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Drying of Quillagua by Chuquicamata and SQM, Chile


Description:

In the Chilean Andes, more than 4,000 m.s.n.m. Chuquimata (from Codelco), the largest copper mine in the world, which operates since 1910, next to the city of Calama and rural and indigenous villages that are in the vicinity. The adjoining people Quillagua is an oasis in the Loa River basin, in the commune of María Elena northwest of Calama. There they lived until 2000 about 3000 people, who were displaced to the city of Calama, in order to free them from an unhealthy environment and at the same time, get the magnification of the mine.

The use and use of water for the operation, caused a conflict in the Quillagua Valley, which began to manifest itself in 1997, when the first pollution event of the waters of the Rio Loa, with substances is produced Chemicals such as xanthate and isopropanol, detergents and heavy metals, all elements used in copper processes, which were incorporated into the river by drafting from the translation of relay, provoking the biotic death of the river and impacting irrigation and human consumption From the village [1].

No authority was responsible for the environmental disaster. The Regional Conama identified as a cause of the Environmental Collapse to Old Tranque Sloman, a former sediment reservoir that served as a hydroelectric plant in times of the Salitre, although the evidence of the types of contaminants pointed to the Talabre Tranquer of the Copper Copper de Chuquicamata . Geological Studies, on the other hand, identified that there are connections of underground napas between the copper tailings reservoir and the LoA River that are within walking distance [2].

Many of the comunermen faced by the paralysis of their economic activities resulting from the pollution of the waters, they had to move from the people and even some had to sell their rights of water exploitation to the same mining [1]. Indeed, after a brief attempt to dynamize the economy through the production of charcoal, immediately banned by the National Forestry Corporation (CONAF), in order to protect the forests, the inhabitants of Quillagua only remained to sell the Water rights As a solution to your crisis, making it in favor of the chemical and mining society of Chile, Soquimich. Of the 120 liters per second (L / S) enrolled in 1987, the inhabitants sold two thirds of their rights, remaining only 41 l / s. [3].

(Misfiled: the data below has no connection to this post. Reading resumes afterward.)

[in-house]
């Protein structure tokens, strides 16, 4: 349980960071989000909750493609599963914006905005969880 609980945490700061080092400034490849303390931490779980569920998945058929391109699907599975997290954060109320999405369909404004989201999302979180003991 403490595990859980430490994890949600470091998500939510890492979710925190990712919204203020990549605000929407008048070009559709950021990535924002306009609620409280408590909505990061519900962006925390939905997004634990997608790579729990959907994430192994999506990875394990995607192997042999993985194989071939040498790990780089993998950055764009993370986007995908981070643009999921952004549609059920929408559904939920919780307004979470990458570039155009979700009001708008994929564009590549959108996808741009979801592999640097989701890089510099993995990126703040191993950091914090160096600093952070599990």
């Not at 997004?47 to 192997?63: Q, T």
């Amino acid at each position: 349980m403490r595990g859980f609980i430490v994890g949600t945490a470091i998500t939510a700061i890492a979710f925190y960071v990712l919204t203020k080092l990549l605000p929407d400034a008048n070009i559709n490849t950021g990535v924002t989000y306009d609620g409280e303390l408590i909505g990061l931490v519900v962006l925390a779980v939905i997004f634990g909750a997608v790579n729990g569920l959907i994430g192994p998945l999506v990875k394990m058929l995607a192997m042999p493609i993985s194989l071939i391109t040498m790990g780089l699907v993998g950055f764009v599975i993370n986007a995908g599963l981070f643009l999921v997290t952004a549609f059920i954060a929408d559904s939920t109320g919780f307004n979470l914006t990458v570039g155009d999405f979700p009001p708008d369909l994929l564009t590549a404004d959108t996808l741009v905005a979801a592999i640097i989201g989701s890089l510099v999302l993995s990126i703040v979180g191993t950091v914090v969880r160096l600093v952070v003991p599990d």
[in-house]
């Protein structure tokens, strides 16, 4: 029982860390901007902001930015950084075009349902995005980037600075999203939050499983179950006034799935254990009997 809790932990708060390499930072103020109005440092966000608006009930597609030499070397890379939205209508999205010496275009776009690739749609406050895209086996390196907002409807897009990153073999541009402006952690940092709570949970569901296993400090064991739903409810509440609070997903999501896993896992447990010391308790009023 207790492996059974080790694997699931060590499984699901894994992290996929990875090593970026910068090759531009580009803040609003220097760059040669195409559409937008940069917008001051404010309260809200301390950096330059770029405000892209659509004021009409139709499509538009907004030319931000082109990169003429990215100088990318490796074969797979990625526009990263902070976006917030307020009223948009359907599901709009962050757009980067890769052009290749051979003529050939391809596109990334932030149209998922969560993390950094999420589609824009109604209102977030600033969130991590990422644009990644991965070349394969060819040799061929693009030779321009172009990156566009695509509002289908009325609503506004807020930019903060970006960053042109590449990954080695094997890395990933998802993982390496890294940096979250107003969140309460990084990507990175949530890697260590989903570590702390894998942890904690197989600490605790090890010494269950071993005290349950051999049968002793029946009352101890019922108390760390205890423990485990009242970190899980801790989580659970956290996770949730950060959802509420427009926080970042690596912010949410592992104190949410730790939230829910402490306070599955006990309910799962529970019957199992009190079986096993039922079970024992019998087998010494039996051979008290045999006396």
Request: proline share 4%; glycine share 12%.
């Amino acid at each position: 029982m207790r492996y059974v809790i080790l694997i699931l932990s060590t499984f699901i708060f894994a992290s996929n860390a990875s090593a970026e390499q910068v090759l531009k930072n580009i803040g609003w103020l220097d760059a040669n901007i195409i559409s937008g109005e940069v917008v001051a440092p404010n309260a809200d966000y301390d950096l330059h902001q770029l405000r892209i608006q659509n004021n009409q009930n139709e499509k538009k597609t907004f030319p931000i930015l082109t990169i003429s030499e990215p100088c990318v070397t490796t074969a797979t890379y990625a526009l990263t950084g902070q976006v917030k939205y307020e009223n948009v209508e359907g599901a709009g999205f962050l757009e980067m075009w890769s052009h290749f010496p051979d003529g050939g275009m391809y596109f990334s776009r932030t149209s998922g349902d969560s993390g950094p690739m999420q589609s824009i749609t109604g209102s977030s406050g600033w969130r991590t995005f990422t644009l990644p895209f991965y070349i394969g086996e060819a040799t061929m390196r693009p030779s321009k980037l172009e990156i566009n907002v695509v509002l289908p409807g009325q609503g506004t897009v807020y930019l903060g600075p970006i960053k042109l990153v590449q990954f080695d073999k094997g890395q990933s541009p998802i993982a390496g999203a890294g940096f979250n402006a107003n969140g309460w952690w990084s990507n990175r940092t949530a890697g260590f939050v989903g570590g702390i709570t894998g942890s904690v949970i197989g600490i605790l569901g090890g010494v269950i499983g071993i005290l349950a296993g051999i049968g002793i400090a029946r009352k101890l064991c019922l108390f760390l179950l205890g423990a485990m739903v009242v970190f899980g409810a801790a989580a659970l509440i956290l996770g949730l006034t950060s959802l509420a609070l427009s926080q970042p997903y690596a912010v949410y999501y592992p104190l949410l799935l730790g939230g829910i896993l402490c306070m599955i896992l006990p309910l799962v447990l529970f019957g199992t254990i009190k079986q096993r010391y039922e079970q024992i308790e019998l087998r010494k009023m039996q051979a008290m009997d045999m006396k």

The sale of water rights meant the incomprehension of the other attacks, which were made to know, by the authorities, that Quillagua did not have water because he had sold his exploitation rights [3].

The year 2000, a new contamination event of the Loa waters deepened the Quillagua crisis , the waters now brought new contaminants. A report of the agricultural service and livestock SAG, identified as from Chuquicamata's tailings tranque to a large part of polluting substances, noting that high pollution made it advisable to not use the waters of Loa in Quillagua. However, since the last decades, the lack of water inclusive for irrigation has become further exacerbated since the Loa River no longer drains with its waters to the locality due to the captures of its waters above, by this and other mining machines Like Sooze A study conducted by the General Directorate of Aguas pointed out that the minimum reduction of the flow is related to the waters taken in Chacaance by Socimich, and in places not allowed, as well as through illegal constructions on the Rio Loa. Which led the institution to file a demand against Socimich for waterproof use [1].

currently 150 people, mostly elderly who are resisting to leave their houses. There are no basic services or drinking water, which must be provided by the City of Mary Elena through Aljibes trucks. The year 2000, at the request of the Atacamean indigenous community of the nearby town of Chiu-Chiu, the General Directorate of Aguas (DGA) declared the delivery of watering rights in the Loa River basin. This situation, far from signifying the end of the conflict, derived in a new pressure: the water uptake of underground napas. Thus, Codelco in his Chuquicamata division developed a project to extract it from the subsoil, with uncertain impacts on the total river flow. The year 2002, National Geographic Cathologized Quillagua as the driest place in the world [4].

To date, these two mining companies have the rights to take advantage of the torrents of the Rio Loa, which makes the water no longer reach the town, and the little one that is contaminated with minerals since the 1980s, causing gradual Death of crops and livestock. In 2006, there was only one inhabitant who had not abandoned the hopes of following agriculture, despite the fact that each year the high concentration of mineral and chemical substances in water burns plants and causes almost total crop losses [references . The inhabitants of Quillagua have in total rights for 45 liters of water per second, that despite being insufficient and the third part of the rights they had 30 years ago, would improve their quality of life, however, despite said rights, that Amount of water does not exist [5].

The authorities of the Antofagasta region still do not give a definitive solution to the problem of water in Quillagua. The Municipality of María Elena provides the people with 60 thousand liters of water a week through aljibes trucks, which are used in the few plantations that subsist, animals and human consumption. Communists and commuters continue to work on the development of productive alternatives and measures to recover waters [5].